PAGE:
The only way to win is together, as a team. Sudha Chandrasekharan knows this, which is why she always goes the extra mile to learn from and support her colleagues.
When Sudha Chandrasekharan took over as General Manager of Trelleborg’s facility in Denver, US, in 2020, she was already well known for her professional achievements.
During her career of more than 20 years, Chandrasekharan has held senior positions with large companies in industries ranging from aviation and manufacturing to supply chain and logistics. Her prowess and passion for growing businesses and driving profitability have contributed to the success of numerous companies, while earning Chandrasekharan praise and recognition for her leadership.
Being an engineer herself and having profound knowledge of the industries that essentially make up the customer base of the Denver facility, the General Manager position at Trelleborg really appealed to her.
“I felt it was a role where I could make a difference to the business by applying the right functional and change management techniques. I know the industries we support. I have worked in several of them.”
Chandrasekharan joined the company with the mindset of learning more.
“That mindset is what sets great leaders apart from average ones,” she says.
“To learn the ropes at a new job, you can’t expect someone to tell you what to do. You have to do the work yourself. So, leave your ego at the door and go talk to the person on the floor. Seek to learn.
During her first couple of months at the Denver facility, Chandrasekharan did just that. She cleared her schedule and joined her colleagues packing products.
“I learned so much from that experience. Not only did I learn how and why we pack our products the way we do, I also got to know the people who work here,” she says. “Some of them told me they were impressed that I cared, and found it very motivating that I joined them to pack. That has gone a long way in building a good culture here.
While being General Manager requires Chandrasekharan to manage functions such as finance, operations, product, engineering, supply chain and logistics, she also has a responsibility to lead her team with a vision that will propel company growth. That is a challenge she embraces.
“Driving the business forward with a winning team is what motivates me. I want to see my team win,” she says. “Watching my team learn and grow and creating new leaders really inspires me.”
Chandrasekharan takes great pride in her team’s accomplishments.
“Every time I see a plane take off safely, a vehicle safely transfer its passengers, or oil and gas installations perform efficiently, I feel we have contributed positively to that in some manner.”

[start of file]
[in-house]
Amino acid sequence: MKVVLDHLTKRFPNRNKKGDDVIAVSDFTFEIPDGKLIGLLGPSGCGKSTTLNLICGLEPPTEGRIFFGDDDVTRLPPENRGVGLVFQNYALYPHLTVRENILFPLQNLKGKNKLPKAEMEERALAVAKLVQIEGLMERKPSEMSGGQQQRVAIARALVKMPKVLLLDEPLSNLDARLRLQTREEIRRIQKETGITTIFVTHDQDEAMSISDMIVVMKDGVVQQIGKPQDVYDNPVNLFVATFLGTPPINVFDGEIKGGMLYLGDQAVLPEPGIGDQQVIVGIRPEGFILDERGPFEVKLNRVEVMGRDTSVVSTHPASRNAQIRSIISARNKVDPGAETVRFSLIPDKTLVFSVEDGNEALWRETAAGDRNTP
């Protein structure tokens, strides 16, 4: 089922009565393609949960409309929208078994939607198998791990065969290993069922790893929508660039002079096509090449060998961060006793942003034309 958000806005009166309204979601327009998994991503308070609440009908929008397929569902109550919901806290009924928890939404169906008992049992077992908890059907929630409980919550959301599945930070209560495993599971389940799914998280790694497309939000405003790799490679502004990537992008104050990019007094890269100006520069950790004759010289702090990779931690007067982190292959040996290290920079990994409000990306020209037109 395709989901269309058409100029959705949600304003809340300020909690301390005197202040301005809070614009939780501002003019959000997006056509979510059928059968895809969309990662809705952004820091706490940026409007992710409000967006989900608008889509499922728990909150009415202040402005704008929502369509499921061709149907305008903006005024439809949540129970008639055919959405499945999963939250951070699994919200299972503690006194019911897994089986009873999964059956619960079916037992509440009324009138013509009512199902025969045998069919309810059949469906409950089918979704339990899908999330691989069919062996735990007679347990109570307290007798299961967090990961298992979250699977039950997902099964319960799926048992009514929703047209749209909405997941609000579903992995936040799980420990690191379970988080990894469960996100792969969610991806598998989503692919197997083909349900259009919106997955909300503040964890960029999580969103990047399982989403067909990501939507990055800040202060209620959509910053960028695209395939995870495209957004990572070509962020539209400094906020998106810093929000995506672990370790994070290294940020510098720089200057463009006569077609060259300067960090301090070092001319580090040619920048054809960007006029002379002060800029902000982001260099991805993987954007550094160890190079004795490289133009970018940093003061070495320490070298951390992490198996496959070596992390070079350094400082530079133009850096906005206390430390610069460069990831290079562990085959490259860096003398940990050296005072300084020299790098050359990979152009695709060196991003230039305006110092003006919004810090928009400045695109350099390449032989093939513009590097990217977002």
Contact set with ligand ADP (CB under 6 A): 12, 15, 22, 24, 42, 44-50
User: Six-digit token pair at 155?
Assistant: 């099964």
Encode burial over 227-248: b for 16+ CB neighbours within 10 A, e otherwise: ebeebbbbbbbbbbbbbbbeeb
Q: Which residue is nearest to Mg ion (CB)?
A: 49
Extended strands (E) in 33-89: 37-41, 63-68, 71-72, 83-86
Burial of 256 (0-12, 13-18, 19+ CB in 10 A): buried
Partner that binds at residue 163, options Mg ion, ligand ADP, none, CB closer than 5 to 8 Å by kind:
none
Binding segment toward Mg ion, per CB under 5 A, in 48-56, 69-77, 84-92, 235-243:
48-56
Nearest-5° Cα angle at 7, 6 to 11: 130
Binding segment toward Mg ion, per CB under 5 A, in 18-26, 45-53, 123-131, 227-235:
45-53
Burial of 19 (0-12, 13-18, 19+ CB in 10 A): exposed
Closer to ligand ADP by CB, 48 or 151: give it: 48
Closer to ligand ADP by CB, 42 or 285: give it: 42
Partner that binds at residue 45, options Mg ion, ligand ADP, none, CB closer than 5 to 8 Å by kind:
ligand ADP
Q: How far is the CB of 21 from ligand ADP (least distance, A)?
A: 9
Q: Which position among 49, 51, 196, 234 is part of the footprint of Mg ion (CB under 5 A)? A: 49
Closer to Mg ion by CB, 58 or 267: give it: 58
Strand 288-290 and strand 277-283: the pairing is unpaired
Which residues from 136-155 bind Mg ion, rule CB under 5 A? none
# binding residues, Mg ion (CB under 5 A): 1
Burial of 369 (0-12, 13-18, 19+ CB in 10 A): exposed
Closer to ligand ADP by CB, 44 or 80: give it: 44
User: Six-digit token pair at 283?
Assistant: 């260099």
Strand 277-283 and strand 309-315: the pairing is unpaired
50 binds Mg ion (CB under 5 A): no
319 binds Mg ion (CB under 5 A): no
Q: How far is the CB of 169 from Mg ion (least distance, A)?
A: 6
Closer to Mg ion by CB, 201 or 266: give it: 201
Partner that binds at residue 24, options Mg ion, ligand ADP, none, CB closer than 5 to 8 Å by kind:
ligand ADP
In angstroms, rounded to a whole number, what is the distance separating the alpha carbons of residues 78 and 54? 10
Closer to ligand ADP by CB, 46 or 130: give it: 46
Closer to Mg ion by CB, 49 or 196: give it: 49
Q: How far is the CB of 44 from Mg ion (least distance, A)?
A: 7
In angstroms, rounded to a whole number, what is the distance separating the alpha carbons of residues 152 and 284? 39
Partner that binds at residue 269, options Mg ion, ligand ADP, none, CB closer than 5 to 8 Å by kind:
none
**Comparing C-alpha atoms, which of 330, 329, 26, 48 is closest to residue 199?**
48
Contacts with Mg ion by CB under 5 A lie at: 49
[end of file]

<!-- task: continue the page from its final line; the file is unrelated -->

Her vision for the Denver facility is that it will be known for its quality products and solutions, and for bringing added value to the company’s global customers.
“The value is the quality and speed to market. My goal is to see Trelleborg achieve that,” she says. Chandrasekharan has always strived to challenge herself and use her skills in ways that benefit others — something she learned from her parents growing up in India.
“When I was a little girl, my dad would tell me to get off my seat, put in the effort and make something of myself,” she says.
In a society where many women traditionally did not work outside the home, her father encouraged her to have an education and pursue a career that would contribute to a better world.
“People who can apply themselves and their skills to do good for humanity and the environment are the ones who make a difference. I have always tried to do that,” she says. Throughout her career, Chandrasekharan has been a key catalyst for networks and programs that support and mentor women in traditionally masculine industries, such as manufacturing and supply chain. She believes a lot of talented women have been deterred from pursuing careers in these sectors by the perception that physical strength is required to be successful.
“Men and women will inevitably have different experiences and backgrounds, which shape their approach to business. Diversity — from gender diversity to culture, age and race — has been shown to foster creativity and innovation,” she says. “Tapping into the insights that both men and women offer can make products and services more marketable and a business more profitable.”
Inspired by the support she felt growing up, Chandrasekharan was instrumental in founding Trelleborg’s Women Influencers program. The intention is to encourage women to pursue careers in sectors traditionally perceived to be less suitable for them, build a supportive network of mentors, create a more inclusive and diverse workforce, and to connect women in the manufacturing industry.
“This program connects women leaders and delivers unique access to thought leadership and resources that can guide and support the next generation of women leaders,” she
says adding: “Women make up 50 percent of the world’s population, yet only one in four women in manufacturing holds leadership positions. That is a little sparse for me. I’m looking for equal opportunities.”
But a culture of gender and ethnic diversity is something Chandrasekharan appreciates about Trelleborg and will continue to foster.
“Having a diverse workforce is one of our most valuable strengths. It pushes our organization forward and helps us win as a team.”
This is an article has been reproduced from Trelleborg's T-Time magazine. To download the latest edition, go to: www.trelleborg.com/t-time